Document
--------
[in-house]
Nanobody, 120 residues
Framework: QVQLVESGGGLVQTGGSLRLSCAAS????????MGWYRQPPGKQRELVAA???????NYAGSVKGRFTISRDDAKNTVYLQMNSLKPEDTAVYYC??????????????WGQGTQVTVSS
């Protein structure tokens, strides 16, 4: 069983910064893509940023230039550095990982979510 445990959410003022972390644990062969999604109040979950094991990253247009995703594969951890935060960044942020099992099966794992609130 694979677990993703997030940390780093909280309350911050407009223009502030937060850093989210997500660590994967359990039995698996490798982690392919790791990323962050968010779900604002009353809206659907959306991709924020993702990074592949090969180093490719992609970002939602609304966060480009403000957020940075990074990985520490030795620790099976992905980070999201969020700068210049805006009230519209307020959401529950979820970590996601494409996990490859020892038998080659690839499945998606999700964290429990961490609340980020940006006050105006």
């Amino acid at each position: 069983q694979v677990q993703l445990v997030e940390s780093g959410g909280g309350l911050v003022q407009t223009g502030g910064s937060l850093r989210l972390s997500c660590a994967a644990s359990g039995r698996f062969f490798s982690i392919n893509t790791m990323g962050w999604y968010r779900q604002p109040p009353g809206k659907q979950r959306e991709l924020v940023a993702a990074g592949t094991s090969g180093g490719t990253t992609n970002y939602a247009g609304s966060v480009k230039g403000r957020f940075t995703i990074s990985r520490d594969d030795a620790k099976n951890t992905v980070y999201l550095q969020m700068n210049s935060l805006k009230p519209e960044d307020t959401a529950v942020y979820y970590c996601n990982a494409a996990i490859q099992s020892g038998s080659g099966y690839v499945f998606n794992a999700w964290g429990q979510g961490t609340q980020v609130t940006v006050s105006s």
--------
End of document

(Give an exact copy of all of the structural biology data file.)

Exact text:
[in-house]
Nanobody, 120 residues
Framework: QVQLVESGGGLVQTGGSLRLSCAAS????????MGWYRQPPGKQRELVAA???????NYAGSVKGRFTISRDDAKNTVYLQMNSLKPEDTAVYYC??????????????WGQGTQVTVSS
């Protein structure tokens, strides 16, 4: 069983910064893509940023230039550095990982979510 445990959410003022972390644990062969999604109040979950094991990253247009995703594969951890935060960044942020099992099966794992609130 694979677990993703997030940390780093909280309350911050407009223009502030937060850093989210997500660590994967359990039995698996490798982690392919790791990323962050968010779900604002009353809206659907959306991709924020993702990074592949090969180093490719992609970002939602609304966060480009403000957020940075990074990985520490030795620790099976992905980070999201969020700068210049805006009230519209307020959401529950979820970590996601494409996990490859020892038998080659690839499945998606999700964290429990961490609340980020940006006050105006």
């Amino acid at each position: 069983q694979v677990q993703l445990v997030e940390s780093g959410g909280g309350l911050v003022q407009t223009g502030g910064s937060l850093r989210l972390s997500c660590a994967a644990s359990g039995r698996f062969f490798s982690i392919n893509t790791m990323g962050w999604y968010r779900q604002p109040p009353g809206k659907q979950r959306e991709l924020v940023a993702a990074g592949t094991s090969g180093g490719t990253t992609n970002y939602a247009g609304s966060v480009k230039g403000r957020f940075t995703i990074s990985r520490d594969d030795a620790k099976n951890t992905v980070y999201l550095q969020m700068n210049s935060l805006k009230p519209e960044d307020t959401a529950v942020y979820y970590c996601n990982a494409a996990i490859q099992s020892g038998s080659g099966y690839v499945f998606n794992a999700w964290g429990q979510g961490t609340q980020v609130t940006v006050s105006s």